In a letter to Norwegian civil society today, the Norwegian minister of foreign affairs expressed that self-determination for the people of Western Sahara must constitute the basis for the solution to the conflict.
Photo: Asgeir Spange Brekke, FD/UD
In a letter to 53 Norwegian civil society organisations today, Minister of Foreign Affairs, Ine Marie Eriksen Søreide, wrote that “Norway is concerned about the latest development in Western Sahara”.
“Norway has been clear that a political solution to the Western Sahara conflict has to be based on decisions made in the UN Security Council, where a long line of resolutions (latest resolution 2458 (2020)) underline that the basis has to be the right to self-determination for the people of Western Sahara", the minister of foreign affairs wrote, underlining that it is highly important that a new personal envoy to Western Sahara is appointed by the UN Secretary General.
The letter came as a reponse to a correspondence of 1 December from 53 Norwegian civil society associations within human rights, politics, human rights, as well as within the church, trade union and student movements. All nine political youth parties of Norway signed the initial letter to the government.
Søreide wrote that “the mandate of the UN operation in Western Sahara should include surveillance and reporting on the human rights situation” in the terrtory.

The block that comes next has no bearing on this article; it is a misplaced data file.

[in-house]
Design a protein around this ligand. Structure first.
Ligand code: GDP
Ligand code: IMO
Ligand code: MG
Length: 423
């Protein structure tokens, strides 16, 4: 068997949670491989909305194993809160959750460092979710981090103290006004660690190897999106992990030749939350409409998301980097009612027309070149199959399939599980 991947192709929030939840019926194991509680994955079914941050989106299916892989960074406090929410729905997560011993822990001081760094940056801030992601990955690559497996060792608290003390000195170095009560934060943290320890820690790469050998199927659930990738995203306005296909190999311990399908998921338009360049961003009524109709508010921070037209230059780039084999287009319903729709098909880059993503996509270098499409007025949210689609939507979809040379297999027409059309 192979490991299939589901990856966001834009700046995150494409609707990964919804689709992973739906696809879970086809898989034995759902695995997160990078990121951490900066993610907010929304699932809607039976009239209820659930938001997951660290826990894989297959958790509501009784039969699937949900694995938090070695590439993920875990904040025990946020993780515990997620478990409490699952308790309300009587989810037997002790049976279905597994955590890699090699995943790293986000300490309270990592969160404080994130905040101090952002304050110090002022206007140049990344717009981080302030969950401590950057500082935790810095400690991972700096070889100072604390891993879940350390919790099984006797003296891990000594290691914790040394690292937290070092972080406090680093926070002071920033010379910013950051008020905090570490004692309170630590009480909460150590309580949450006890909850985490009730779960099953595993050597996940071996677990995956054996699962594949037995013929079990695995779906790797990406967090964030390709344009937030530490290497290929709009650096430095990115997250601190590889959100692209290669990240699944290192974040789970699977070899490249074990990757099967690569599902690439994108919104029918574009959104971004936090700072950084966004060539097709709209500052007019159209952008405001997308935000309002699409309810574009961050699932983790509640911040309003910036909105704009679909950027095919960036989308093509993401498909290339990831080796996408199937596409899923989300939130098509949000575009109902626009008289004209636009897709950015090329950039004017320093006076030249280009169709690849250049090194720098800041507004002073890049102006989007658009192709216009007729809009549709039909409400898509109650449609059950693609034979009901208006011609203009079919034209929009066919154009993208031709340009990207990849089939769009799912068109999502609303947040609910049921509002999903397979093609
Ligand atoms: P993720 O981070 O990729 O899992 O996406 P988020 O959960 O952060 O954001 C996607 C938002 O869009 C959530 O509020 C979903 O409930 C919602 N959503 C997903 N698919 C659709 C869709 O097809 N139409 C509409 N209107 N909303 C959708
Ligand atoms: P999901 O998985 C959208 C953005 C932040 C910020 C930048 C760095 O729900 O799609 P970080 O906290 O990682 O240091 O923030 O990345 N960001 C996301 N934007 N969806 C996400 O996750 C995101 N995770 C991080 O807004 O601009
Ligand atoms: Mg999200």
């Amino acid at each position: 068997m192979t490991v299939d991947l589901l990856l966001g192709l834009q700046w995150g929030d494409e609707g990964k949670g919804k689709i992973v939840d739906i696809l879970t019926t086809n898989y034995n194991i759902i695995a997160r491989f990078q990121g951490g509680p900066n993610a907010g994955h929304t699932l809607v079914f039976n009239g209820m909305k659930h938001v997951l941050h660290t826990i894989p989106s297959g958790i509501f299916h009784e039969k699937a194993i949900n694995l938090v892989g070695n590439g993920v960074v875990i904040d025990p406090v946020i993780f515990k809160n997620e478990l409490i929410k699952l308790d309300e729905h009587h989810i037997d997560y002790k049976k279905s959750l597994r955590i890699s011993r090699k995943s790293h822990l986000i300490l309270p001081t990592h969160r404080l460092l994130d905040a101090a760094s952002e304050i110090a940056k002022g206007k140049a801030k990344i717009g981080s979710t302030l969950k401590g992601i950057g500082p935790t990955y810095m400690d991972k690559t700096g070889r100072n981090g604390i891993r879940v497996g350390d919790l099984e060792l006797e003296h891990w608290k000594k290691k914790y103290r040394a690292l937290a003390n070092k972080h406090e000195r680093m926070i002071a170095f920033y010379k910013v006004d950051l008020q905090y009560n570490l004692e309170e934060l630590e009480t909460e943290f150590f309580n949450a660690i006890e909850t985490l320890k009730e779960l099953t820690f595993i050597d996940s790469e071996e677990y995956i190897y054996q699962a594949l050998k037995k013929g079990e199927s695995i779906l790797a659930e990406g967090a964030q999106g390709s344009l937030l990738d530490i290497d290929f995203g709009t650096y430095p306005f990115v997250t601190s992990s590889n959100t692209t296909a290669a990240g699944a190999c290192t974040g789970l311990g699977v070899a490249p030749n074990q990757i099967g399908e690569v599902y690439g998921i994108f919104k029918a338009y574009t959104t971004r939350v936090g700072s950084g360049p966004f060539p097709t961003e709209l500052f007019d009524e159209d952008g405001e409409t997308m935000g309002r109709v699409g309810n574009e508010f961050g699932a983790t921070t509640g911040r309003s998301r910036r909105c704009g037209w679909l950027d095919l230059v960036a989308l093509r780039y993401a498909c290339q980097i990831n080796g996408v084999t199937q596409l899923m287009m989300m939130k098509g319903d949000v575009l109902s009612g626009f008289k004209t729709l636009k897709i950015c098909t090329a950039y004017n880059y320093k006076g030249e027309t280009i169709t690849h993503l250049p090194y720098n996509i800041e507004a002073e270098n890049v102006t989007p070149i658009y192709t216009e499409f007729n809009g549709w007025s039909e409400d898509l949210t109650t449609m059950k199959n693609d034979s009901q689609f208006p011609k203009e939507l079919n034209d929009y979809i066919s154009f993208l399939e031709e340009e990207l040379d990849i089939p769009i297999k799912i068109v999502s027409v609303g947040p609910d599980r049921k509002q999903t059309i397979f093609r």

She also stressed that the Norwegian government has “been careful to avoid acts that can be seen as a legitimisation of the situation in Western Sahara. The Norwegian government, has therefore, taken a precautinoary approach in the shape of a general recommendation to not carry out trade, resources exploitation or other sorts of trade in the territory”.
The UN Working Group on Arbitrary Detention has ruled in favour of the two Saharawi sisters Sultana and Luara Khaya.
The torture and detention of 10 Saharawi students by Moroccan authorities must be investigated and denounced. This is the demand in a complaint submitted today to the UN Special Procedures.
A 16 day-long campaign will shed light on violence committed against women in occupied Western Sahara.
One film festival in the world is different from all others. Read Asria Taleb's encounter with a festival audience in the Saharawi refugee camps in Algeria - including her connection with a complete stranger.